Elmer, Bev and family, friends who used to live on a ranch in California, were on the road enjoying their summer vacation. Mrs. Wilderness and I intended to stay a couple of days at the ranch before returning to our temporary home in Bullhead City,Arizona. The house had been closed up for a few weeks and the area had experienced very high temperatures. Even though the house is constructed of adobe bricks and has double-glazing on the windows it was very hot inside when we arrived.
There was no wind to move air through the house and besides, the thermometer in the shade at the side of the house read over one hundred degrees. Because the house holds its temperature so well, the only cooling they have is a swamp cooler in a window of a bedroom on the second floor. A swamp cooler is a fan sitting in a window opening that takes outside air and draws it across water soaked pads and blows it into the house. The window the fan is in opens to a deck outside the bedroom. This deck has a four-foot iron-bar railing around it and that's all, just a door leading to the deck with nothing on it except the railing and then a drop to the ground.
I turned on the fan from inside the bedroom where it was located and then decided to go outside onto the deck to make sure the water was running onto the pads of the cooler. I had just lifted the side of the cooler and verified the water was running when a gust of wind came from nowhere and blew the door shut. I thought nothing of it until I replaced the pad and tried to go back into the house … the door was locked! No problem, I'll just knock on the door and Mrs Wilderness will come let me in.
I knocked on the door and waited … knocked again a little harder this time and waited. As I waited for Mrs Wilderness to come open the door I started thinking about my predicament, Here I was on this raised deck with a railing around it, 8 feet off the ground plus the 4 feet of the railing, no shade, and the sun beating down! I had water but no food. How long could I last? I've heard of people lasting days as long as they had water. Almost immediately I sensed my lips starting to chap and skin shrivel. My throat was parched and I started whispering; "water, I need water!"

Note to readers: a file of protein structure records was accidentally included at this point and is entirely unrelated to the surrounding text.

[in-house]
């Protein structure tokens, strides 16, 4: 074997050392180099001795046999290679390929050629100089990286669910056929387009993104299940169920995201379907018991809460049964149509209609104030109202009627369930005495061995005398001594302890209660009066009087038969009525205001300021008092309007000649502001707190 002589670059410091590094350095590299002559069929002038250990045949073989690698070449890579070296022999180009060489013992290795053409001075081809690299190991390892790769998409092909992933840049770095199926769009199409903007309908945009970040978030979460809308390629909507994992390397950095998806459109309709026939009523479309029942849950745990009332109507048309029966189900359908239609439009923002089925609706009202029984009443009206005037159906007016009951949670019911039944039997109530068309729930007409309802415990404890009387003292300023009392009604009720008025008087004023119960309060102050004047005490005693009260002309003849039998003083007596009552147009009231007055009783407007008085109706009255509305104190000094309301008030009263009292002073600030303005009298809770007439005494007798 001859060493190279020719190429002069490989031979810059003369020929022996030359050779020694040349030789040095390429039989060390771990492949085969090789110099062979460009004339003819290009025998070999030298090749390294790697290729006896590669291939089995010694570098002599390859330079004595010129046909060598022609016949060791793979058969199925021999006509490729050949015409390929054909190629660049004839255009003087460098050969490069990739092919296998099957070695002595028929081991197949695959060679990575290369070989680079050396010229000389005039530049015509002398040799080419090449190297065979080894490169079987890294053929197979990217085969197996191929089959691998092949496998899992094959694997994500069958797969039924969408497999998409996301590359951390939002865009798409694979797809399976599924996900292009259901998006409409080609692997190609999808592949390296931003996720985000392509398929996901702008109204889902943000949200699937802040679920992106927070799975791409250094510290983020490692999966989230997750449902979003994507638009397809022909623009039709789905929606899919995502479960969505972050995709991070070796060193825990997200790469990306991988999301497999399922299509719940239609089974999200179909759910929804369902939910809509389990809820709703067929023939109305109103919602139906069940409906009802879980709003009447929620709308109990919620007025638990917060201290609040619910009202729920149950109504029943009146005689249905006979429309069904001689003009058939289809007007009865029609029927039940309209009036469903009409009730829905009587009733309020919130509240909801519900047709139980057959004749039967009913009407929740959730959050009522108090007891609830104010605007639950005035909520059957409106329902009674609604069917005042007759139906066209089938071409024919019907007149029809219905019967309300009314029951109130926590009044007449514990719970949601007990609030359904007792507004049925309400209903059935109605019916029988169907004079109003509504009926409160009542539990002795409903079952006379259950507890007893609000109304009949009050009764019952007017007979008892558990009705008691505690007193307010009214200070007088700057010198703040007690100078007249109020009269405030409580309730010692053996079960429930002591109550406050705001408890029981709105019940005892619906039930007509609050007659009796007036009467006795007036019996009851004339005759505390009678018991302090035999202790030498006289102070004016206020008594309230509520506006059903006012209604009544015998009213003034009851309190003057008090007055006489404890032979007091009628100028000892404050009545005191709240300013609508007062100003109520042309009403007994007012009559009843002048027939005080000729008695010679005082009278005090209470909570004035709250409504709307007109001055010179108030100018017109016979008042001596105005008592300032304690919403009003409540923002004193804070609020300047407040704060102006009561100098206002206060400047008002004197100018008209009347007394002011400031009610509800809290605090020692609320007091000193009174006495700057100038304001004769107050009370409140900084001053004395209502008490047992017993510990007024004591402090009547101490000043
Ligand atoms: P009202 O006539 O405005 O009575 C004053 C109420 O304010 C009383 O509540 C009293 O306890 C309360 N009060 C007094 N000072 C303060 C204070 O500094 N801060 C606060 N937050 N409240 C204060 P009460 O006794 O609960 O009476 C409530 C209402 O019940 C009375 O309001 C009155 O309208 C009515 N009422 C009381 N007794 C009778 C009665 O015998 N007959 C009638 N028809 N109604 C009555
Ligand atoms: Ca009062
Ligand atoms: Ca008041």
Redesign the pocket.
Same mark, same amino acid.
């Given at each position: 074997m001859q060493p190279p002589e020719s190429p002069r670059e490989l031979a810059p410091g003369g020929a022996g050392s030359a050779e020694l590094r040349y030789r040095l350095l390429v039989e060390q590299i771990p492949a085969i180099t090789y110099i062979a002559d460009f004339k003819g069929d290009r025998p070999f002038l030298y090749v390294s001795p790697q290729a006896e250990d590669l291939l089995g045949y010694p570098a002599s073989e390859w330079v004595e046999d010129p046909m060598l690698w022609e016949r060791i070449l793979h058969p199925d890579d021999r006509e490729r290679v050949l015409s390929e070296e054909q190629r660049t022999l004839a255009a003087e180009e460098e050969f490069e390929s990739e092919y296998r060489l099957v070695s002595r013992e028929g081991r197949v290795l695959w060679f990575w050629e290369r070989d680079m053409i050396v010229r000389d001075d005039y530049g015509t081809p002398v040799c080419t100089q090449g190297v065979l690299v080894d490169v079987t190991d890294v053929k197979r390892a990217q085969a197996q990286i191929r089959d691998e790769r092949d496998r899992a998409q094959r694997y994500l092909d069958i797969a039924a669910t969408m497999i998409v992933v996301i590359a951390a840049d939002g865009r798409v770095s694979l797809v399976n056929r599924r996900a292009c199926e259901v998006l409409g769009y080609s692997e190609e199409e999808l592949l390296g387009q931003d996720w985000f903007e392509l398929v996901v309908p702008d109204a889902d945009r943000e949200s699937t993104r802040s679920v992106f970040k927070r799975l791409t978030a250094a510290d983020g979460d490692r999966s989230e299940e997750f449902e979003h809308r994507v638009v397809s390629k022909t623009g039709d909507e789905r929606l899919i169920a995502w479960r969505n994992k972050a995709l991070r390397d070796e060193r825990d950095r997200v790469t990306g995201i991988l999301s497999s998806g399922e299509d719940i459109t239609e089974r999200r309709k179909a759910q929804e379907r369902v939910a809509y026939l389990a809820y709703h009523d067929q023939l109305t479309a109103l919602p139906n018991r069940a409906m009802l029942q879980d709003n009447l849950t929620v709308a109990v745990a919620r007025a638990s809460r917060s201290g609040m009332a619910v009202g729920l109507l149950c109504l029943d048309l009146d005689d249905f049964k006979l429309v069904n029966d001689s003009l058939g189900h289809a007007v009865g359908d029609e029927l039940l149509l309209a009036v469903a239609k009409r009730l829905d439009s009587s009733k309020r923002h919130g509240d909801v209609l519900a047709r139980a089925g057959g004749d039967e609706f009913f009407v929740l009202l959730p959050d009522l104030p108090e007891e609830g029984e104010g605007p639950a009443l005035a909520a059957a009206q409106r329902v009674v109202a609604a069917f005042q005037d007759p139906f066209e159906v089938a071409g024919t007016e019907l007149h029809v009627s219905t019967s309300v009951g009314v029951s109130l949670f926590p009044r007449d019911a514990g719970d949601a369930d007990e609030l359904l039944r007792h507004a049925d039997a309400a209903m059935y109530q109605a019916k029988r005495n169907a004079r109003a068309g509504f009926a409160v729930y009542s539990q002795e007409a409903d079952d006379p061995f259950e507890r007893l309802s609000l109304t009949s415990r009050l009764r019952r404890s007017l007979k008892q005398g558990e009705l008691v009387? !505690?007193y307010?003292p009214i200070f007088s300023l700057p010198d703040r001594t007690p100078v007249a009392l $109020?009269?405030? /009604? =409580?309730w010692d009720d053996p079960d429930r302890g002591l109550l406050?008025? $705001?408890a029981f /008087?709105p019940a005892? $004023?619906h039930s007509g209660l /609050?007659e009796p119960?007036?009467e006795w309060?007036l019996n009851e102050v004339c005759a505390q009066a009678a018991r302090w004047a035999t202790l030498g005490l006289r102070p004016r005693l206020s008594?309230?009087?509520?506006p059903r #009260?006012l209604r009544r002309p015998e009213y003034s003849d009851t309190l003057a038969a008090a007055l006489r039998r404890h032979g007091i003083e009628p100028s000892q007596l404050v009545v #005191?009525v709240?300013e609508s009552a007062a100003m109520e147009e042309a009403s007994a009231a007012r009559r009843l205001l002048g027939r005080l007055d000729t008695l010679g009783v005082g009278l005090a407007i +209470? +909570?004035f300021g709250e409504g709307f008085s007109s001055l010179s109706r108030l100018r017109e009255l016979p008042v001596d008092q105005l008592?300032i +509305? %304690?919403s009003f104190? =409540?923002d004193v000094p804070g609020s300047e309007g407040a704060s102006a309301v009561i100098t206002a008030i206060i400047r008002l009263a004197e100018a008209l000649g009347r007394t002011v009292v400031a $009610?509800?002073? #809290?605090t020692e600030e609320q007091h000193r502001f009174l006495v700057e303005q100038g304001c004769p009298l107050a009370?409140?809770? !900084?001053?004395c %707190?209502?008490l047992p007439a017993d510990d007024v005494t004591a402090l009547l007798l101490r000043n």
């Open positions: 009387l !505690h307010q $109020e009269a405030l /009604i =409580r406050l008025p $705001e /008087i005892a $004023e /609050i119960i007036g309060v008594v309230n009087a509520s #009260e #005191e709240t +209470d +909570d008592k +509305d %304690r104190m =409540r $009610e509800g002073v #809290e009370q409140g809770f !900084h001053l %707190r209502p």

Wait, the cooler was blowing air "into" the house. I took one of the pads off a side of the cooler and started screaming into the fan. Surely Mrs. Wilderness would hear my desperate cries. I waited ... nothing. What is she doing? She was reading something on the other end of the house when I last saw her. She was probably studying my life insurance policy. Does she hear me, does she know I don't have long?
I started searching my pockets for scraps of food … a candy bar, something. Then it dawned on me, I had the keys to the car, which was sitting in the driveway. The car had a panic alarm and I had the button. Without question, this qualifies as a panic situation. I press the button and it works! The horn starts blaring… surely rescue must be at hand. I begin my long wait ... minutes go by ... nothing!
Now I truly am in deep trouble! Destined to crawl on hands and knees across the vast expanse of the "Deck of Doom." Wilderness Wally has finally met his fate. How long will it take? Hours, possibly days before I shrivel up under the relentless sun. Will I ever be found, will there be anything left, did I change my shorts? All these questions run through my mind as I search for escape. I can get one leg over the railing but there's nowhere to stand on the other side, just a drop to the ground. How many legs will I break when I hit … assuming I land right side up? It's not an option but I won't go quietly, I start yelling for Mrs Wilderness again. Yelling, pounding on the door all the while the 'emergency-alarm horn is blaring on the car.
I'm getting weak but I know the neighbors a half mile away can hear me ... surely they will call the rescue squad. I watch the dog walking away down the driveway ... there's too much noise for his sensitive ears ... even "Spunky" has deserted me.
Just as I think this must be the end, as I sense the light dimming, the downstairs back door opens, Mrs. Wilderness walks out, looks up at me and says; "What is going on out here, why are you making such a racket?"
Through chapped lips and raspy throat I managed, "What day is it?"
Mrs Wilderness did open the door to the deck - eventually - only after much soul searching I might add.
The next day we left the ranch and returned to Bullhead City. As we drove out the long driveway I looked in the rear view mirror to see the heat waves rising from the deck of doom that was almost the undoing of Wilderness Wally.
Later, after reading an account of my narrow escape, a friend asked; "How long were you actually out on that Deck of Doom?" My response, "An excruciating ten minutes."
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